There may be a future for an ancient profession.
Scribes, who in times past worked on everything from translating religious texts to historical book keeping, are making a comeback in the doctor’s office. A growing number of physicians in Texas, and across the country, are hiring scribes to gather patient information and lighten their workload.
Another Person In The Exam Room
Dr. Devesh Ramnath used to see his patients alone. Now, he’s always with Connie.
Connie Gaytan is Ramnath’s scribe. And she’s sort of like his shadow. As the doctor examines the patient’s neck, she sits quietly in the corner, typing notes and speaking into a hand held microphone connected to her laptop.
Just a few months ago, Ramnath had to play the role of doctor and transcriber.
“I was really focused on just trying to get the information in and not really focusing on the patient anymore,” Ramnath says. “Also, I was spending an additional 2-3 hours every clinic just trying to get my medical records done.”
Now, Ramnath says, almost all of the paperwork is completed while the patient is in the office.
“That gives me more time to get home, have dinner with my family, work out, etcetera,” he says.
The Growing Scribe Business
These days, scribes are in high demand at hospitals and clinics nationwide. PhysAssist, the first scribe training and staffing company in the country, is on the second expansion of its Fort Worth headquarters and opened another office in Chicago.
Alex Geesbreght is CEO. He says in 2008, PhysAssist had 35 scribes working in hospitals across the country. Now, there’s nearly fourteen hundred.
“It’s been about a 46 to 50 percent growth rate every year for several years,” Geesbreght says.
The other big medical scribe companies, Medical Scribe Systems, Scribe America, for example, have thousands more scribes each. Most scribes are pre-med students – used to hitting the books, but in need of training.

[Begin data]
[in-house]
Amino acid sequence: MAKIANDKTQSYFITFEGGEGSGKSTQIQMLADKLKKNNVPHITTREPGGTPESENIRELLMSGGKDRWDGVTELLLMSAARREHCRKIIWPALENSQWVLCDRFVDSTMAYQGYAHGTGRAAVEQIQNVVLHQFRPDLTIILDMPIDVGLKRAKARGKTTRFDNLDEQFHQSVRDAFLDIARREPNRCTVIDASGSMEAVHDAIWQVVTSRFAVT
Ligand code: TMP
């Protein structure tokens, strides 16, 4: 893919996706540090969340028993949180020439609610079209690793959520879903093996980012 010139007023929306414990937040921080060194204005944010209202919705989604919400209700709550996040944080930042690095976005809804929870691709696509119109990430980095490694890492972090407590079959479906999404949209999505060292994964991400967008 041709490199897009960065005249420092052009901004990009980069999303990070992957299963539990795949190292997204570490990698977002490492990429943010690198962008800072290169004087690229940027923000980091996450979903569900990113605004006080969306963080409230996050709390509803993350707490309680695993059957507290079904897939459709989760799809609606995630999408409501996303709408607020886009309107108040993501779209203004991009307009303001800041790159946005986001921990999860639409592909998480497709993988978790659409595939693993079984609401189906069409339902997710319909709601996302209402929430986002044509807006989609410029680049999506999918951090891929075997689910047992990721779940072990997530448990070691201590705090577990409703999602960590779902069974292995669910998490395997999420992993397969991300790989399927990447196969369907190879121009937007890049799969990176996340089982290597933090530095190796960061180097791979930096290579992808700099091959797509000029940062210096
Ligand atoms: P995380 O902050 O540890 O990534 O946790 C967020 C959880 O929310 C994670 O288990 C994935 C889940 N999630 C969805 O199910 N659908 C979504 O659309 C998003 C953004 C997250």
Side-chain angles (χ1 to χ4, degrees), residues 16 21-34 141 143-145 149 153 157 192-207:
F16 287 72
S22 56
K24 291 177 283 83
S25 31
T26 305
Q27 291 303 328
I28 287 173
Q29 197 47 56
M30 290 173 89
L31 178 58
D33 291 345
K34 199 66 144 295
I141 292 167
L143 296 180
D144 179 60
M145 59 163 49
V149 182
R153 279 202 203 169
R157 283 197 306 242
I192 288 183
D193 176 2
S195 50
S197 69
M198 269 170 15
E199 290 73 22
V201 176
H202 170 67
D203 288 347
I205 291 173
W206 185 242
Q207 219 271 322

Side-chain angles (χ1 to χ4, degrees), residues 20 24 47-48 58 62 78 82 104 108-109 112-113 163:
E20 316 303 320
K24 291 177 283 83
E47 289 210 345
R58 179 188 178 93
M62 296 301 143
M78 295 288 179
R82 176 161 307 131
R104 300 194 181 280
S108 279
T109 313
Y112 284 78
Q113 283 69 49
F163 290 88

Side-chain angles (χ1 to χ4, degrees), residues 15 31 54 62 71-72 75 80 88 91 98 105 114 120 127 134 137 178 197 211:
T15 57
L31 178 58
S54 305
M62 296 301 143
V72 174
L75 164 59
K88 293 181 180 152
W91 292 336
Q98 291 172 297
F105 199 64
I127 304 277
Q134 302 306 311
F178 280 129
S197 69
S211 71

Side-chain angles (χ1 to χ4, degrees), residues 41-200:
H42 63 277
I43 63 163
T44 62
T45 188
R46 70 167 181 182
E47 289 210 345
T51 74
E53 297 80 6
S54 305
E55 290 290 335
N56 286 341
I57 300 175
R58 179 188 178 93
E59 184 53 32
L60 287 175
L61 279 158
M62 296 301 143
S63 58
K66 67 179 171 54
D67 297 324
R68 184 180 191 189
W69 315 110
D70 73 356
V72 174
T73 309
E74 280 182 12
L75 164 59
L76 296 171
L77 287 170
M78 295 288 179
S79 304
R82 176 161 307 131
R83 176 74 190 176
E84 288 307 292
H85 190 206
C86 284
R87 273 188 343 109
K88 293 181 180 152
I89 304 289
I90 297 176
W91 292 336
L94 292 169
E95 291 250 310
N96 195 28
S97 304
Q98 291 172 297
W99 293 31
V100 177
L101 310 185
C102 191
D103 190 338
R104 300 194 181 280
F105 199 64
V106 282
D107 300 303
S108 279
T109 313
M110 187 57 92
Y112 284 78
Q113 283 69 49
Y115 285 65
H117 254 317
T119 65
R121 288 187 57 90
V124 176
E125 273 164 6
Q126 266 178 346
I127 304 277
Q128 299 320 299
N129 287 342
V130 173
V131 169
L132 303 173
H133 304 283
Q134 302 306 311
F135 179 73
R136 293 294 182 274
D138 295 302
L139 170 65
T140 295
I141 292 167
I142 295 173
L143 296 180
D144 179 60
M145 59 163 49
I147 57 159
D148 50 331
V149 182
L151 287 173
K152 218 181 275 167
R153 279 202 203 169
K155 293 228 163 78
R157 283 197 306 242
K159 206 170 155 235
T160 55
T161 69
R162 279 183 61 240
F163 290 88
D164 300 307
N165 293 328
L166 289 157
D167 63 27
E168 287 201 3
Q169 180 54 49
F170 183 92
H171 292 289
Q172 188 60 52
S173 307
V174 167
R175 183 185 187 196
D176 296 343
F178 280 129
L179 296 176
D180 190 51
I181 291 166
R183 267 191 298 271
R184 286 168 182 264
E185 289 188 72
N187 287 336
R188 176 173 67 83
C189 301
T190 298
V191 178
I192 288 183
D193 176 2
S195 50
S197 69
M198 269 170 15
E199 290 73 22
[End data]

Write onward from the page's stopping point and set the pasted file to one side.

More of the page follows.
That’s where programs like PhysAssist’s “I AM SCRIBE University” come in. And you thought med school was competitive?
“We have about a 9-to-1 ratio, Geesbreght says. “Which means that every person out of every nine person one matriculates to being a scribe. Our recruiter’s say they don’t recruit they repel.”
A Modern University For Scribes
Once a week, PhysAssist applicants who’ve made it through written exams & Skype interviews are invited to Fort Worth for a 5-day training, part of which is in a mock emergency department.
By the time the students graduate, they need to know how to correctly fill out an electronic medical record, or EMR. There are thousands of different EMR systems, and scribes need to be able to put in the right billing codes and medical terminology at lightning speed.
Brandon Torres started scribing years ago at Harris Methodist in Fort Worth. He says a good scribe can string together a patient’s history even when they’re rambling or upset, and is a master multi-tasker.
“You’re listing to the physician, you’re listening to the nurse, to the patient and any overhead pages that might occur,” he says. “And you’re gathering all that information and presenting it back to the physician for him.”
For all that, scribes are paid just $8 to $16 dollars an hour. Companies charge anywhere from $20 to $30 dollars for the service. Most scribes say it’s an invaluable experience, but what’s in it for the patient?
There are few research studies that explore the benefits and drawbacks of adding scribes to hospitals and doctors’ offices.
“Scribes were associated with more patients being seen on average per doctor, O’Malley says, “That clearly results in more money coming into the institution.”
But that same study found the amount of time a patient spent in the emergency department didn’t decrease. And while most patients are fine with having an extra person in the exam room, there are concerns about privacy and training standards.
“On the flip side,” O’Malley says. “Scribes could be viewed as physician’s recognizing that they can’t do everything and there has to be some delegation and teamwork in care regardless of the setting.”
More than a third of healthcare providers aren’t’ happy with their electronic health record system but will face Medicare reimbursement penalties if they’re still stuck on pen and paper in 2015.
Which is why the rush to go digital might just revive an ancient profession.